US9512171B2 - Functional molecule and manufacturing method therefor - Google Patents

Functional molecule and manufacturing method therefor Download PDF

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US9512171B2
US9512171B2 US12/929,359 US92935911A US9512171B2 US 9512171 B2 US9512171 B2 US 9512171B2 US 92935911 A US92935911 A US 92935911A US 9512171 B2 US9512171 B2 US 9512171B2
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functional molecule
specific
substance
cleavable
manufacturing method
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Tsuyoshi Fujihara
Tomoyasu Kichise
Shozo Fujita
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Apta Biosciences Ltd
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    • CCHEMISTRY; METALLURGY
    • C07ORGANIC CHEMISTRY
    • C07KPEPTIDES
    • C07K1/00General methods for the preparation of peptides, i.e. processes for the organic chemical preparation of peptides or proteins of any length
    • C07K1/107General methods for the preparation of peptides, i.e. processes for the organic chemical preparation of peptides or proteins of any length by chemical modification of precursor peptides
    • C07K1/1072General methods for the preparation of peptides, i.e. processes for the organic chemical preparation of peptides or proteins of any length by chemical modification of precursor peptides by covalent attachment of residues or functional groups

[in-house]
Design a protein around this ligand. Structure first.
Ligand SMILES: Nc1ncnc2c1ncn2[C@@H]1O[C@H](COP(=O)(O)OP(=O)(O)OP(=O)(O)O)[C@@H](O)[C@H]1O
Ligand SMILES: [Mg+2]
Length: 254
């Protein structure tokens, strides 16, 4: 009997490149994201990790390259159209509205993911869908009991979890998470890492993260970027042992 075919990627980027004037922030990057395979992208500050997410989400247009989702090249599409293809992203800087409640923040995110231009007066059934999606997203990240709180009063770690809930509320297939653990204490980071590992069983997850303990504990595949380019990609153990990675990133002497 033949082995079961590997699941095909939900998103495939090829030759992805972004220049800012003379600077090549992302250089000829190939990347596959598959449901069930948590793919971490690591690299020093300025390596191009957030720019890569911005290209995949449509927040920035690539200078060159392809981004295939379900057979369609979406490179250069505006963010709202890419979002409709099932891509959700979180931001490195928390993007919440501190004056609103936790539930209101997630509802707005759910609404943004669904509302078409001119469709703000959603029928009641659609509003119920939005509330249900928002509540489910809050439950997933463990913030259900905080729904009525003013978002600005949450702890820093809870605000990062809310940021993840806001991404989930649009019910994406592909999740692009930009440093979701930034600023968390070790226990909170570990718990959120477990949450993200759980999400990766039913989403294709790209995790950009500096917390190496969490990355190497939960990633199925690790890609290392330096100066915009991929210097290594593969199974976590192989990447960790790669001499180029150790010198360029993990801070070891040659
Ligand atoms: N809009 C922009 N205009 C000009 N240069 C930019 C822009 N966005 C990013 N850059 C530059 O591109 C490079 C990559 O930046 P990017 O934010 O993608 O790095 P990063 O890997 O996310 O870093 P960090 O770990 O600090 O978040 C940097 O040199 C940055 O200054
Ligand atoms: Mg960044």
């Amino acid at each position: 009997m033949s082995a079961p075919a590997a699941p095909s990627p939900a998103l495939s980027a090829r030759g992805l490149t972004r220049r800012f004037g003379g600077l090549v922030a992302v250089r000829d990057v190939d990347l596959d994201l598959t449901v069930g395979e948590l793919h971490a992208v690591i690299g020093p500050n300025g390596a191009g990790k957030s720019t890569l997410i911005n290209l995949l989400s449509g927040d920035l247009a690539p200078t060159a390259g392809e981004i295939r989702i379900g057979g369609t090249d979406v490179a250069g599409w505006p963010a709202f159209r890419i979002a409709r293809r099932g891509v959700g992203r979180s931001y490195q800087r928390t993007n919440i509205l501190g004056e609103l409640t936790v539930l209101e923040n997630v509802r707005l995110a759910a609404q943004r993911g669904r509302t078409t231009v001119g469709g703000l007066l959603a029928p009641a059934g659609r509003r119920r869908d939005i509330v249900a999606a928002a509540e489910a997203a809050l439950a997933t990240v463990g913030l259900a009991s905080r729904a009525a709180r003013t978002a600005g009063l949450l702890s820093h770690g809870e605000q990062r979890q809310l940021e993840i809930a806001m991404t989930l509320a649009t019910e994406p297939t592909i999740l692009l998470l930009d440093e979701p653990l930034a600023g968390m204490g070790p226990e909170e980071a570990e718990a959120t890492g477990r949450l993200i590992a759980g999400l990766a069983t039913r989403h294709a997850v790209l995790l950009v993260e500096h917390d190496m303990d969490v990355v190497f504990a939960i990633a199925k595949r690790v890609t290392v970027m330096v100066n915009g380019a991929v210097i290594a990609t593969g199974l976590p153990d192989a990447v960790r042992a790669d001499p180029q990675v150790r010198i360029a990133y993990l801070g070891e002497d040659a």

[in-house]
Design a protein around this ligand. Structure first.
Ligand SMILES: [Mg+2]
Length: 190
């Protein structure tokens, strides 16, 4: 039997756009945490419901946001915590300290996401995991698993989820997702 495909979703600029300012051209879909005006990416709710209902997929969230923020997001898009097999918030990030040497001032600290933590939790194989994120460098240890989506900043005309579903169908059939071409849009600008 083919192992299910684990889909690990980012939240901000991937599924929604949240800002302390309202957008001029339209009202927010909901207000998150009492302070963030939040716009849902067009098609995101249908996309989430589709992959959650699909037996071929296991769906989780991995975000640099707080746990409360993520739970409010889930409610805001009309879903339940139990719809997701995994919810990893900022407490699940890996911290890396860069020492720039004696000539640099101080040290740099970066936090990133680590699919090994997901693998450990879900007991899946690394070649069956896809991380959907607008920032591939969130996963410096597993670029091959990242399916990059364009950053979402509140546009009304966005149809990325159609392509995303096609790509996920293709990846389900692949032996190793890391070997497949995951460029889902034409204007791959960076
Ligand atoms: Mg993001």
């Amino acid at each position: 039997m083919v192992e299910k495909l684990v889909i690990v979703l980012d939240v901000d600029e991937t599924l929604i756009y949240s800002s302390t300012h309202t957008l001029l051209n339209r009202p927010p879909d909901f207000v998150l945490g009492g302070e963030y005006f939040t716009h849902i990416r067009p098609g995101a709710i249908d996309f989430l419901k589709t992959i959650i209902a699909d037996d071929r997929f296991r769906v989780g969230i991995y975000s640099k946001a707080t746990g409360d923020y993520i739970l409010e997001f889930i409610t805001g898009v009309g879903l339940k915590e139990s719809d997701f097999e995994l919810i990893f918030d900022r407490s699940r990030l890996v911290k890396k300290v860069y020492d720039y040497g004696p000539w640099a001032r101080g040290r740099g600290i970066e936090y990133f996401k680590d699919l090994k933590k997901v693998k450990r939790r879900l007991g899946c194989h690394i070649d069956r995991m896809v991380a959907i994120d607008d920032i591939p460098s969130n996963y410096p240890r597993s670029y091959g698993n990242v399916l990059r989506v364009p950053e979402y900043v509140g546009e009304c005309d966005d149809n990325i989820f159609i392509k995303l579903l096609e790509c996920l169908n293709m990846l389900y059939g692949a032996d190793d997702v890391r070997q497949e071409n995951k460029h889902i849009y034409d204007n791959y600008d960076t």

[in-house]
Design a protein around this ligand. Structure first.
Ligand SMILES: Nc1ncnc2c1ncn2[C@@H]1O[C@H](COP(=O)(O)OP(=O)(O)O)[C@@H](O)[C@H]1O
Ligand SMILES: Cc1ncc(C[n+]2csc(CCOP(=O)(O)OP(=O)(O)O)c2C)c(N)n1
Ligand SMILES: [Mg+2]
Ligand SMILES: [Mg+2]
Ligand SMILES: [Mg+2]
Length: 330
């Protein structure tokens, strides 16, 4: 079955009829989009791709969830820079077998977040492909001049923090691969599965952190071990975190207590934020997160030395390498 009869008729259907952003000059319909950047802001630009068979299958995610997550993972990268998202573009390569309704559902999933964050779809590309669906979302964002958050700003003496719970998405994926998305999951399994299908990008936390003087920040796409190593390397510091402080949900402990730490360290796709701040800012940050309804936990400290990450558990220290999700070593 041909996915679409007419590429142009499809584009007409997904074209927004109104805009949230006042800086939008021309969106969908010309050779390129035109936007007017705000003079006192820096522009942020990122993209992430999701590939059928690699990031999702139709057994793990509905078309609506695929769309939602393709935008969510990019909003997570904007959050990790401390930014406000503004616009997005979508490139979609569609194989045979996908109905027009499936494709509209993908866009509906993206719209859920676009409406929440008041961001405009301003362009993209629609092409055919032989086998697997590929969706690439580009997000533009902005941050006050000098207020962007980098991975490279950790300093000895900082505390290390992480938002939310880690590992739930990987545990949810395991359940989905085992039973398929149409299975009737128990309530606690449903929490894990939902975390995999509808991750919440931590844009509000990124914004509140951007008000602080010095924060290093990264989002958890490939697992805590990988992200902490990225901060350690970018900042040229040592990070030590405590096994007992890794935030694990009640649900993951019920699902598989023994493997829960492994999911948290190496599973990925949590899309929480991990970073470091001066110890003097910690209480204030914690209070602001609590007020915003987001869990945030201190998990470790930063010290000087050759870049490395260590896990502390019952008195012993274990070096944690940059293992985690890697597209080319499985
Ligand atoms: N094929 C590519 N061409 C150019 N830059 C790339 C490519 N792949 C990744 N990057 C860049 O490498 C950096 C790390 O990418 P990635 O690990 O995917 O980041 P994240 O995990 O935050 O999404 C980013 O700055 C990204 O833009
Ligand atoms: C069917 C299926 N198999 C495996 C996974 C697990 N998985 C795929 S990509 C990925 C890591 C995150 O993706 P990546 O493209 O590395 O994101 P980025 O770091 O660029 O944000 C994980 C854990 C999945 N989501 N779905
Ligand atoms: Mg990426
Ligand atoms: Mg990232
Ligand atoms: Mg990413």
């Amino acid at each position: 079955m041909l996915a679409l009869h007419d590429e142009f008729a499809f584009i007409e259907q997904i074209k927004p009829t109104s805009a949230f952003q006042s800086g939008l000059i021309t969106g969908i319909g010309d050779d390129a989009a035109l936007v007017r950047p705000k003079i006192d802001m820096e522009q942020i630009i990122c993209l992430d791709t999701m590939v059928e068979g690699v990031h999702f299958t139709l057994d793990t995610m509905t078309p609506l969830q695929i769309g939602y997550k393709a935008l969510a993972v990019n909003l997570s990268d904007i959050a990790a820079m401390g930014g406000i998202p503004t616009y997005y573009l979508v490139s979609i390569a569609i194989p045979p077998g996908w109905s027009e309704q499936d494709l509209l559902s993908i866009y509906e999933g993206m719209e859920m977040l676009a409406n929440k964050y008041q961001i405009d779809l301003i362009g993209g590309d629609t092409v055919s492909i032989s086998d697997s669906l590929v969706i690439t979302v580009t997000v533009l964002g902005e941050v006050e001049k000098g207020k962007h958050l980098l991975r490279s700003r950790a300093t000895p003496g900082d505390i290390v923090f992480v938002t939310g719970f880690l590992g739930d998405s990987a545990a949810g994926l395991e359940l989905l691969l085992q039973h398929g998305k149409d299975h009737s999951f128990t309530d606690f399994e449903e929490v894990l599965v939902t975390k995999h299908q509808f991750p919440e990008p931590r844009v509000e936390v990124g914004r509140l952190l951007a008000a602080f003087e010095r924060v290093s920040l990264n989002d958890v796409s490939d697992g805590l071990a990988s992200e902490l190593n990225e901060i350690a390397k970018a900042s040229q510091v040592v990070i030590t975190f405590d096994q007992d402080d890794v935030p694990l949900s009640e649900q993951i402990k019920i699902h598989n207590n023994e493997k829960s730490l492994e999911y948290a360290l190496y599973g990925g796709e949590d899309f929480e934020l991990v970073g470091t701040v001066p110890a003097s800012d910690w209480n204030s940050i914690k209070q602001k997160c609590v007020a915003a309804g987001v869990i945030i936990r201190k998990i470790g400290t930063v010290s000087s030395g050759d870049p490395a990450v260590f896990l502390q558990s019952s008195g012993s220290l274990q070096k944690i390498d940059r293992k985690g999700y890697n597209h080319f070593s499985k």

• C07K1/1077General methods for the preparation of peptides, i.e. processes for the organic chemical preparation of peptides or proteins of any length by chemical modification of precursor peptides by covalent attachment of residues or functional groups by covalent attachment of residues other than amino acids or peptide residues, e.g. sugars, polyols, fatty acids
    • CCHEMISTRY; METALLURGY
    • C07ORGANIC CHEMISTRY
    • C07KPEPTIDES
    • C07K1/00General methods for the preparation of peptides, i.e. processes for the organic chemical preparation of peptides or proteins of any length
    • C07K1/04General methods for the preparation of peptides, i.e. processes for the organic chemical preparation of peptides or proteins of any length on carriers
    • CCHEMISTRY; METALLURGY
    • C07ORGANIC CHEMISTRY
    • C07KPEPTIDES
    • C07K1/00General methods for the preparation of peptides, i.e. processes for the organic chemical preparation of peptides or proteins of any length